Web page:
Why is the docking of a Chinese research vessel at the Sasa wharf in Davao such a big issue at all? Why are we raising all kinds of questions, nay suspicions, about this simple port call? As Presidential Spokesman Harry Roque noted, any ship from a friendly country can dock at any port in the country as it pleases.
Calling those who raised a ruckus about this routine port call as Sinophobes (defined as anybody in fear or dislike of China and the Chinese people and their language or culture), Roque said that Chinese survey ships, just like US warships, may dock in our ports. The spokesman is absolutely right as we are signatories to international conventions and bilateral agreements providing for such arrangements.
In addition to that, Roque should have said as well that US warships, submarines and other vessels, some of whom carry nuclear weapons, have been regular visitors in our ports even as the 1987 Constitution prohibits the entry of such nuclear weapon-carrying vessels.
In any event, no less that Defense Secretary Delfin Lorenzana and Navy Spokesman Jonathan Zata already told reporters that prior coordination was made by the Chinese Embassy for the research ship’s port call. Zata also noted that this was not the first time and almost surely not the last that Chinese vessels like all other vessels from friendly countries have been given and will be provided the courtesies of the port as and when they make those calls.
So, what’s the big deal?
If we take this microscopic effort on the part of of the usual suspects to monitor and make noise about each and every move by any instrumentality of the Chinese government, as was the earlier case involving a Chinese military transport plane which also landed in Davao sometime back, then this latest ruckus makes sense.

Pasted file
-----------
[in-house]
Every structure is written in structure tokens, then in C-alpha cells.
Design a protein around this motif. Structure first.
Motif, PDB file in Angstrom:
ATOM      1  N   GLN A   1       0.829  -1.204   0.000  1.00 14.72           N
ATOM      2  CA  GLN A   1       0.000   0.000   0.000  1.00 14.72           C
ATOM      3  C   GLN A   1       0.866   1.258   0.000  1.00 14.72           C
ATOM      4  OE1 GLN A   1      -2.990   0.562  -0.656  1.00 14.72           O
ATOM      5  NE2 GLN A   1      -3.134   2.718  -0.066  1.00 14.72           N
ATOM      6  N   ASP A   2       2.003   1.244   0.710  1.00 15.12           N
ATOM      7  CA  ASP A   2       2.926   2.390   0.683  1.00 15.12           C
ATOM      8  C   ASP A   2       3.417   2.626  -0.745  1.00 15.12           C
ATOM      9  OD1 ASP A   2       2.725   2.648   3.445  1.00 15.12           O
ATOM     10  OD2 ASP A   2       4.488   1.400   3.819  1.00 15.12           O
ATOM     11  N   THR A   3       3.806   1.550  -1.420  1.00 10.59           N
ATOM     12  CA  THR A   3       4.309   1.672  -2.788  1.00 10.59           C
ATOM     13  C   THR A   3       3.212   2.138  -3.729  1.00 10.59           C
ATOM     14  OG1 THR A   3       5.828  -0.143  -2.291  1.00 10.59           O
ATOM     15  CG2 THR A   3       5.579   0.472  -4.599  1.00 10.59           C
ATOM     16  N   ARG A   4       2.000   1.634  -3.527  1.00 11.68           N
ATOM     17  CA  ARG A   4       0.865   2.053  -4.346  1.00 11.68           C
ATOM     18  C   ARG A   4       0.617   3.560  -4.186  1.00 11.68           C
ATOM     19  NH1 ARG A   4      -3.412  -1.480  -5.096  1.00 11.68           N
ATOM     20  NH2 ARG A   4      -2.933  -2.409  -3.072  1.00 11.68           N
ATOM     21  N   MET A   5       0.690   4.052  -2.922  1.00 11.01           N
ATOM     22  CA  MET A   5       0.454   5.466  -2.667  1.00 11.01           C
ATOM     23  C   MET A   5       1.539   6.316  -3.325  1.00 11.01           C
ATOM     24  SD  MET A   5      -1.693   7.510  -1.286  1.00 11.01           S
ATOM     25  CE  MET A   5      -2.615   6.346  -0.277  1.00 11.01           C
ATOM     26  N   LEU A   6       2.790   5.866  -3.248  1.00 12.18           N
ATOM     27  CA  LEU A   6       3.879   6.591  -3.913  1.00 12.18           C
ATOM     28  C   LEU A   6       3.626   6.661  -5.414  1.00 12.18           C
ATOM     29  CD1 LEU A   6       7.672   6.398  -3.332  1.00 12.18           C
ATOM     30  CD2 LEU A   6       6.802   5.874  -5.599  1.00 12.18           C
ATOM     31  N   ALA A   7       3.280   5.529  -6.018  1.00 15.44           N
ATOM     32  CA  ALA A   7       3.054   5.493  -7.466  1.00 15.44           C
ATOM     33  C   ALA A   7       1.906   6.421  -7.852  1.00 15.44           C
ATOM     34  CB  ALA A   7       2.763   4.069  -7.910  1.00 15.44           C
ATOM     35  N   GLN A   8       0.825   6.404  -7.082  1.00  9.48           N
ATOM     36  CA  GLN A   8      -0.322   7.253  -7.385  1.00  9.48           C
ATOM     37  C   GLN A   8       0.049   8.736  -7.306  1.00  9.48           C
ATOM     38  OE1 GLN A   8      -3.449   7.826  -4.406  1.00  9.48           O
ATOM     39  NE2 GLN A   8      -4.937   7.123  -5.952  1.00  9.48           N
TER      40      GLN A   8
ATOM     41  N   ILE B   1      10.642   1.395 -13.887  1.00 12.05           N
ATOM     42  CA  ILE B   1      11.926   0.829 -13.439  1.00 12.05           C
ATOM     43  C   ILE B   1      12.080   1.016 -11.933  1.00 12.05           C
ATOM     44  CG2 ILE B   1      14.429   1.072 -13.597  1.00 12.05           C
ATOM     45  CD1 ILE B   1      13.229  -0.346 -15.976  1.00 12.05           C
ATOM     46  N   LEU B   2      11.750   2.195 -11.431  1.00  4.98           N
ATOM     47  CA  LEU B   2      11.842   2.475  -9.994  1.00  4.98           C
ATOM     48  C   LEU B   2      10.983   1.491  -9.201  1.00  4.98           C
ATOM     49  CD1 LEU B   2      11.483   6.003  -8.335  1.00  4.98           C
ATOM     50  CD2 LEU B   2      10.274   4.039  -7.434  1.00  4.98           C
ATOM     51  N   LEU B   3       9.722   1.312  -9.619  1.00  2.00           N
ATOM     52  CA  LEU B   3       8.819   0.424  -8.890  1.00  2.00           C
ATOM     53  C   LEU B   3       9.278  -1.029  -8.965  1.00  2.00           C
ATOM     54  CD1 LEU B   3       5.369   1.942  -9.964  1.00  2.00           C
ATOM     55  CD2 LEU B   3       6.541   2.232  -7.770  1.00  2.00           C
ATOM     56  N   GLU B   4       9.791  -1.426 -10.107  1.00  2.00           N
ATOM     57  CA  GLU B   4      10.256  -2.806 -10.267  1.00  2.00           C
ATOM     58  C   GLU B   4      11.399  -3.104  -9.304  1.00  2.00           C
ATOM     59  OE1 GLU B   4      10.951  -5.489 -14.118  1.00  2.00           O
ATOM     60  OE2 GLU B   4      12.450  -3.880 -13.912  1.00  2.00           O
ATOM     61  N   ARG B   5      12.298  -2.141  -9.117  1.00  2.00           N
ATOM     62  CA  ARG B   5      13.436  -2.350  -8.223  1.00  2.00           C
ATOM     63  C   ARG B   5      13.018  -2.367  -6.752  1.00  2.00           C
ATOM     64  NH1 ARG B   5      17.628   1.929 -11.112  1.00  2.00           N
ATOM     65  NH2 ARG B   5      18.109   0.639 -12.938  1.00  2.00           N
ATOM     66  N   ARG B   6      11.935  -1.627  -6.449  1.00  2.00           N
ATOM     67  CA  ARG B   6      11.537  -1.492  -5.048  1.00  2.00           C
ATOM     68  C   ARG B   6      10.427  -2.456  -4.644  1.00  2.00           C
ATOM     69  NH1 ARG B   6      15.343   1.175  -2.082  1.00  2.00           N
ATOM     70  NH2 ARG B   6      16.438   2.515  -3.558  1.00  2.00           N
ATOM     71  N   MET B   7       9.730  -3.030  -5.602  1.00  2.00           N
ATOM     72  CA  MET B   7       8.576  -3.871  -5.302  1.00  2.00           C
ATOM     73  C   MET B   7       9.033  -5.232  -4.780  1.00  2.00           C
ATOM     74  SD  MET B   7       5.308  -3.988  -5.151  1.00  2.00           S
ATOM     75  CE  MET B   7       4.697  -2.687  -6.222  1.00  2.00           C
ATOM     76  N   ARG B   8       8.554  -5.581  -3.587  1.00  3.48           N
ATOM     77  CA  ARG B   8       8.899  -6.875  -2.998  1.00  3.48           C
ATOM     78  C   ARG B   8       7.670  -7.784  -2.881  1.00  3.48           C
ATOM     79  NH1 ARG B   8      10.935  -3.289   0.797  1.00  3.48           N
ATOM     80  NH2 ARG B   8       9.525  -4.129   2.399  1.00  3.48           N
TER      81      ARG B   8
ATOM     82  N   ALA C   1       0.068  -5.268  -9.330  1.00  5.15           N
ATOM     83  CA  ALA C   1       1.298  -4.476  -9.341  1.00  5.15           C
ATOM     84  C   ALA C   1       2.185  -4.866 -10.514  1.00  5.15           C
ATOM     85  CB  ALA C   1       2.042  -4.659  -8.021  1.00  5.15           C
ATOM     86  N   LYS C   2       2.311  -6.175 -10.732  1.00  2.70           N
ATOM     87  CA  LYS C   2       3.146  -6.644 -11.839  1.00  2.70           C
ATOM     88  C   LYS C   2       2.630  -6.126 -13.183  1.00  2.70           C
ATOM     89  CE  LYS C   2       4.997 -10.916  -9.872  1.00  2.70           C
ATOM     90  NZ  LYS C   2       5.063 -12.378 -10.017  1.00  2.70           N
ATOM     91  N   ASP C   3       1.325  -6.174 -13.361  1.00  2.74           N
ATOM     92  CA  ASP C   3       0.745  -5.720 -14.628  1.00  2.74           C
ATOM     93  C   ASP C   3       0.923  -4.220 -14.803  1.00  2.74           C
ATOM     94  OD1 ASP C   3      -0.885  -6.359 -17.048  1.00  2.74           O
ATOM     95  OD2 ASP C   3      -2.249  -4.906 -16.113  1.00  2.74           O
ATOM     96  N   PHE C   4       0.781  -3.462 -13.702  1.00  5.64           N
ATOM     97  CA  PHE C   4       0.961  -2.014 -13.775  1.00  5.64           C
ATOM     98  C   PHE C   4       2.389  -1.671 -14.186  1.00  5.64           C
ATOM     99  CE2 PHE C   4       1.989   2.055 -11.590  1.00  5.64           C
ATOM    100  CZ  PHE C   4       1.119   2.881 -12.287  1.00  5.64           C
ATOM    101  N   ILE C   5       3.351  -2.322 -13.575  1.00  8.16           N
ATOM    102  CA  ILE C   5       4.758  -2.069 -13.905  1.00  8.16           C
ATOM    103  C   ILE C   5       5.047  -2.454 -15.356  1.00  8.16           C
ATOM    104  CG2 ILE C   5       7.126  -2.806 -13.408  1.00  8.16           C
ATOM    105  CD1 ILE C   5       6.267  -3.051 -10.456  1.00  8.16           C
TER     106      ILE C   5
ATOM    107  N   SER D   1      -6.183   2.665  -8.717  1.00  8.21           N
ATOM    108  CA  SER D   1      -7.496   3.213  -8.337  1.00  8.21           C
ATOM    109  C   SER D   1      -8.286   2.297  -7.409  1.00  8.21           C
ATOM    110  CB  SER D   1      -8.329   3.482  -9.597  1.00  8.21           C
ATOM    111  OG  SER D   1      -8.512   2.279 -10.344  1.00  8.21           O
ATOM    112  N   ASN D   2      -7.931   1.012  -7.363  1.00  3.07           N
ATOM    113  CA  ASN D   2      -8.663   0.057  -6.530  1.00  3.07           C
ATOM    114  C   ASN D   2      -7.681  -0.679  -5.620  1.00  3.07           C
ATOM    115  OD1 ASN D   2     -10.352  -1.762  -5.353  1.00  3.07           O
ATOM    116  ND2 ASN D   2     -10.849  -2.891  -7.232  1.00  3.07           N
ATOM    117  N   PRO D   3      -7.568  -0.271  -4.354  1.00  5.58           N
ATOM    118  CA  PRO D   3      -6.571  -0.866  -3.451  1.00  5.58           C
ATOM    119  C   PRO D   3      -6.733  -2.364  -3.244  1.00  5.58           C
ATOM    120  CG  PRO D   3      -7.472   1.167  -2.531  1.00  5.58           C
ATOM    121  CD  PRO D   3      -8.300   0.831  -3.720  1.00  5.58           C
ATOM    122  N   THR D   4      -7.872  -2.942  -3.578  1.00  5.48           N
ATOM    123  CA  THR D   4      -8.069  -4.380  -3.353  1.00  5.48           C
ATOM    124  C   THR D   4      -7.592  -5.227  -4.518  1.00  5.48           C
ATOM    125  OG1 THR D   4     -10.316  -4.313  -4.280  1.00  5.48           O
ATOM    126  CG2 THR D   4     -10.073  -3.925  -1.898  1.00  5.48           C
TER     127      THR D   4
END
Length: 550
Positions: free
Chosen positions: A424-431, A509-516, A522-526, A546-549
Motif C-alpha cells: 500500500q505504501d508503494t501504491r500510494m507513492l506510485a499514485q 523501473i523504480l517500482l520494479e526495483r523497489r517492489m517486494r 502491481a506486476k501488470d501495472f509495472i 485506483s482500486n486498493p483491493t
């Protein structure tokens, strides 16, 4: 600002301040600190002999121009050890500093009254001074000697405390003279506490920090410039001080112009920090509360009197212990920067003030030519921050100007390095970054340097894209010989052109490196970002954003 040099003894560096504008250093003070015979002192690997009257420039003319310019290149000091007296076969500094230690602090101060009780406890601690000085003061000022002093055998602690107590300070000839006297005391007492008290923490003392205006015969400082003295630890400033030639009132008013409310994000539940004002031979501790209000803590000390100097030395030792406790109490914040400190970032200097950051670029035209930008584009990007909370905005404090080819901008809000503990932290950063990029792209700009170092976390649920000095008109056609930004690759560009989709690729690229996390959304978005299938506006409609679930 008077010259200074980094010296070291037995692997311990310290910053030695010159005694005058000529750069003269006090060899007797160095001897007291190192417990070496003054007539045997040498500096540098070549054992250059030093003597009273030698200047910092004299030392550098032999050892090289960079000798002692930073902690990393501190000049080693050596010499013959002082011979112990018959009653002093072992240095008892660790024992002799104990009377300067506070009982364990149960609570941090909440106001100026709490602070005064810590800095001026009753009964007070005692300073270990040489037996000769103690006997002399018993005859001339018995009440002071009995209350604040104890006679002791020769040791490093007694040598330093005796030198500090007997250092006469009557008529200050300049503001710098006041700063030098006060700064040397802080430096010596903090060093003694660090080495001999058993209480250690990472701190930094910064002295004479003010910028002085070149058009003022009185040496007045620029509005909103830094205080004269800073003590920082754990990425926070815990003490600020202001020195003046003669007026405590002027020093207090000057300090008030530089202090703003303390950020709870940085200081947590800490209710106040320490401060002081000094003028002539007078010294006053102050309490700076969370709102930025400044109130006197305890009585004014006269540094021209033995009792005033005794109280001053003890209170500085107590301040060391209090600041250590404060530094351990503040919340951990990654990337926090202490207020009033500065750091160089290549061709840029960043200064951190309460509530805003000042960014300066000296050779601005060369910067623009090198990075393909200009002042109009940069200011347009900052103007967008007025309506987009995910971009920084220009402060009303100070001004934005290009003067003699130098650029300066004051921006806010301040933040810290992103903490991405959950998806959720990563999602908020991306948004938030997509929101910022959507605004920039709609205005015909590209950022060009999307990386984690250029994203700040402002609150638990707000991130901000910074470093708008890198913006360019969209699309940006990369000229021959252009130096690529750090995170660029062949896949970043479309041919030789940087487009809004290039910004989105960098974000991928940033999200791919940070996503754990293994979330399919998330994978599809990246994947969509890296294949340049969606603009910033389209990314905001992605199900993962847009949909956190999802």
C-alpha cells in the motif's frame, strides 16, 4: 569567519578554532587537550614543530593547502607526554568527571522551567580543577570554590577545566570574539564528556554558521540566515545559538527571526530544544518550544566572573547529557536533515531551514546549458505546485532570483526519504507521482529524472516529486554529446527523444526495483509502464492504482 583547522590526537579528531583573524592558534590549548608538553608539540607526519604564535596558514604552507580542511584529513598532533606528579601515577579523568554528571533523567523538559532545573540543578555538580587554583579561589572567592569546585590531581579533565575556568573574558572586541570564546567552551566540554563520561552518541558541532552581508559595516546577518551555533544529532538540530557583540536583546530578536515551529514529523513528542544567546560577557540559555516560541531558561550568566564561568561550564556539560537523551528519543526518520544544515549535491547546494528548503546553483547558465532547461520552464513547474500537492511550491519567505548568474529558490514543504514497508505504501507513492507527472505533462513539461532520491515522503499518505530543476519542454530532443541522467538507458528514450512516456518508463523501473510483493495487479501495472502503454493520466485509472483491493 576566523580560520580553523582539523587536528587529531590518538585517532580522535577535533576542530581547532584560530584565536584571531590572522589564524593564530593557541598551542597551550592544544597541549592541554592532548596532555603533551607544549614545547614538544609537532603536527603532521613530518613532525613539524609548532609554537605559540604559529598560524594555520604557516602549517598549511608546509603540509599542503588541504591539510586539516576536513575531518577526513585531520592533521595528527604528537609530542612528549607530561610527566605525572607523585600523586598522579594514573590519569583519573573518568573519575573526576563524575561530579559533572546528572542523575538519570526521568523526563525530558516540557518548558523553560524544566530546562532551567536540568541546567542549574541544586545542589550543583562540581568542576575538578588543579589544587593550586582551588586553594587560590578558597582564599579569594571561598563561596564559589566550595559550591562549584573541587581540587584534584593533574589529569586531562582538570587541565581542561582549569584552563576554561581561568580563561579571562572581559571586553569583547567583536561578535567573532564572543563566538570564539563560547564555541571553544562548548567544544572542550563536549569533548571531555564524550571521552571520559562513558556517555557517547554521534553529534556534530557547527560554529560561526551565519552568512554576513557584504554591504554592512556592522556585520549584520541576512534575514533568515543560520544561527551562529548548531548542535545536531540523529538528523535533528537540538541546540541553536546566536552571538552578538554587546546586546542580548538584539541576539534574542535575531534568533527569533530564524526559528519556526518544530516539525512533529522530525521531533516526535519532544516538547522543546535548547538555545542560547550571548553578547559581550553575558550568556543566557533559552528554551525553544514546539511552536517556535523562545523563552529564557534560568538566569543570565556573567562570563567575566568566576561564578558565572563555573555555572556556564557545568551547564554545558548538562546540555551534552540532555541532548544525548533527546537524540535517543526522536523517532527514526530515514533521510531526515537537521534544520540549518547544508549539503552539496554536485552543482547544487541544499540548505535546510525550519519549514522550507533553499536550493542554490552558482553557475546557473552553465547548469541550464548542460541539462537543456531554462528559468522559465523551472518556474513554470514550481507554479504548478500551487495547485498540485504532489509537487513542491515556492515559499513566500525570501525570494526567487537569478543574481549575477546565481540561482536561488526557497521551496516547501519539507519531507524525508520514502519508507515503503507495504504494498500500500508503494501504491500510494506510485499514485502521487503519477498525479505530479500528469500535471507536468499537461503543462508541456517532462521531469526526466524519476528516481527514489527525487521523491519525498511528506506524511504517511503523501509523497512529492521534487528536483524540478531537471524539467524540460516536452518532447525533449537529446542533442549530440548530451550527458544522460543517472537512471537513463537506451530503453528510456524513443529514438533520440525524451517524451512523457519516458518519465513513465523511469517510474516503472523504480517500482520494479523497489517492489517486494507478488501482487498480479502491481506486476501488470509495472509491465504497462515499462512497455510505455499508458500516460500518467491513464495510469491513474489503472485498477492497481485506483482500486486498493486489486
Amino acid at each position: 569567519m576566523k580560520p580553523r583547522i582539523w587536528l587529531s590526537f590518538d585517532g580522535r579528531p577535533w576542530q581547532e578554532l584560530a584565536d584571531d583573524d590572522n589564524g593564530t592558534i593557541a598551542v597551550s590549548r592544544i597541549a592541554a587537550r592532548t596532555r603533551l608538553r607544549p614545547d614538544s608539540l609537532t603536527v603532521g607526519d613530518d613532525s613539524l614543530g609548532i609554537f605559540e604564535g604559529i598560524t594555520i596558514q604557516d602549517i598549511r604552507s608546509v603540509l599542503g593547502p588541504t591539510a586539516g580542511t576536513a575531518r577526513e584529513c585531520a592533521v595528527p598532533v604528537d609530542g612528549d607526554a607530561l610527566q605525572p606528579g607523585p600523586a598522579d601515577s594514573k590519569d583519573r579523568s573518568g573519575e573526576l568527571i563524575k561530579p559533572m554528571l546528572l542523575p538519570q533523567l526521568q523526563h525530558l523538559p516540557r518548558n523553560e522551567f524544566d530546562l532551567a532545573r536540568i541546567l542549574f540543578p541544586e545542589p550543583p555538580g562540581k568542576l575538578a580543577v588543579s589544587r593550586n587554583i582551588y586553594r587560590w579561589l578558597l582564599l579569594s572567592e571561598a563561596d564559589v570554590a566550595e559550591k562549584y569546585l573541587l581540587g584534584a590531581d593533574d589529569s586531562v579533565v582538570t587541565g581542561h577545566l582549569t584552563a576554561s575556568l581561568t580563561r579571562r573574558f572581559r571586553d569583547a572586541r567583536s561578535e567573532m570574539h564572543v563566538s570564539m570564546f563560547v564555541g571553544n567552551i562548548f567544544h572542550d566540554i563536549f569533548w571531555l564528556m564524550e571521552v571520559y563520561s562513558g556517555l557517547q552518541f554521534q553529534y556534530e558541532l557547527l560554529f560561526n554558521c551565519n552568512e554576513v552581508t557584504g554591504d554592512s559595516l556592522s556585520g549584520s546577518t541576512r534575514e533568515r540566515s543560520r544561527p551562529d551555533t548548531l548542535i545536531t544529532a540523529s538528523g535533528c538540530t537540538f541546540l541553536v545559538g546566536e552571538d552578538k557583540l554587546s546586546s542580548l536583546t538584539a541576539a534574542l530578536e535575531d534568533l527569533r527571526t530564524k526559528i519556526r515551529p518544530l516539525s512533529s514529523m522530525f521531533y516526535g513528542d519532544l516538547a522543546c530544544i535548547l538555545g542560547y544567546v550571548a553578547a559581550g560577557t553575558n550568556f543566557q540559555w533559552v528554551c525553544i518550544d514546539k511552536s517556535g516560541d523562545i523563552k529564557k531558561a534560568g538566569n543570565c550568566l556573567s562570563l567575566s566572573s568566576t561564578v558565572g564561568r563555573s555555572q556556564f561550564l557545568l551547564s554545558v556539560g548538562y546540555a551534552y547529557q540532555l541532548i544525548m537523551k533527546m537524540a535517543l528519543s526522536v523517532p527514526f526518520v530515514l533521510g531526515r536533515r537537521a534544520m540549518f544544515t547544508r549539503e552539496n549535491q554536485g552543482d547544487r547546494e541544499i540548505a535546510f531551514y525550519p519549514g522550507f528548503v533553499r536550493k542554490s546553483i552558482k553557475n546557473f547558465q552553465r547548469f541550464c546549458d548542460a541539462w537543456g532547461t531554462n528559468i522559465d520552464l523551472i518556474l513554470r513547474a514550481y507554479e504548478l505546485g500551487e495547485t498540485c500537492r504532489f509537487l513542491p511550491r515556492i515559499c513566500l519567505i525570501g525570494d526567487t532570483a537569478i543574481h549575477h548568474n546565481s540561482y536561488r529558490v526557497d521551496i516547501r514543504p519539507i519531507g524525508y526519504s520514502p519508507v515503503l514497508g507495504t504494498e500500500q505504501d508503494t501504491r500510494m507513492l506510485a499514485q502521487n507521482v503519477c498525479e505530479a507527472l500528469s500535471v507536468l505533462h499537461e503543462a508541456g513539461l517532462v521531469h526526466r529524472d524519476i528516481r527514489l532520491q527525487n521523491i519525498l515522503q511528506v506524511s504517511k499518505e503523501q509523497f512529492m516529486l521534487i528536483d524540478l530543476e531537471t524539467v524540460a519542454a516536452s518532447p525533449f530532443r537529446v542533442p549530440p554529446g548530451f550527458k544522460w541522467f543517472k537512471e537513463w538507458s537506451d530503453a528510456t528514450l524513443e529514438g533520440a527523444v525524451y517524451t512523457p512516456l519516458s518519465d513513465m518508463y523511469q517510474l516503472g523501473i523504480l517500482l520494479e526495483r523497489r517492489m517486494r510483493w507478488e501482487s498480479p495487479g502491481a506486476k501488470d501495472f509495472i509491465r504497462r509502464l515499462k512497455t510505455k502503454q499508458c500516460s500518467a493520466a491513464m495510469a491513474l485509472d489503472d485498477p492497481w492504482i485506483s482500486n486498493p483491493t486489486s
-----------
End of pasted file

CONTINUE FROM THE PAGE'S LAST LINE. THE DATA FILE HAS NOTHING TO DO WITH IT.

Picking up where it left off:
Coupled with that gimmick definitely by the same suspects, who put up anti-China posters a week ago on some foot bridges and flyovers, we can only surmise that this is all part of the continuing, concerted effort to taint President Duterte and his decidedly pragmatic policy on our relations with China which. But the relations, as far as we can see, is working to the benefit of both countries.
So what’s the big deal?
If we also put into this mean play by the usual suspects the flurry of anti-China, anti-Duterte reports which came out in the papers and called out on radio, TV and even social media by these groups, then surely President Duterte has not only stepped on some big interests. He is actually proving that his independent foreign policy stance has got traction.
Otherwise, what’s the fuss?
Take the latest SWS survey on the so-called attitude of Filipinos on the SCS/WPS dispute which said that fully 81 percent of Filipinos repudiate the government’s policy of allowing Chinese intrusion in the West Philippine Sea. The idea that four out of five Filipinos supported this assertion was laughed at not only by our good friend and fellow columnist Bobbi Tiglao, but by Roque himself who correctly said that 100 percent of all surveyed oppose any intrusion or even any government inaction against such a move by any foreign country, no matter what the size or status of the intruder.
So, again, what’s the big deal?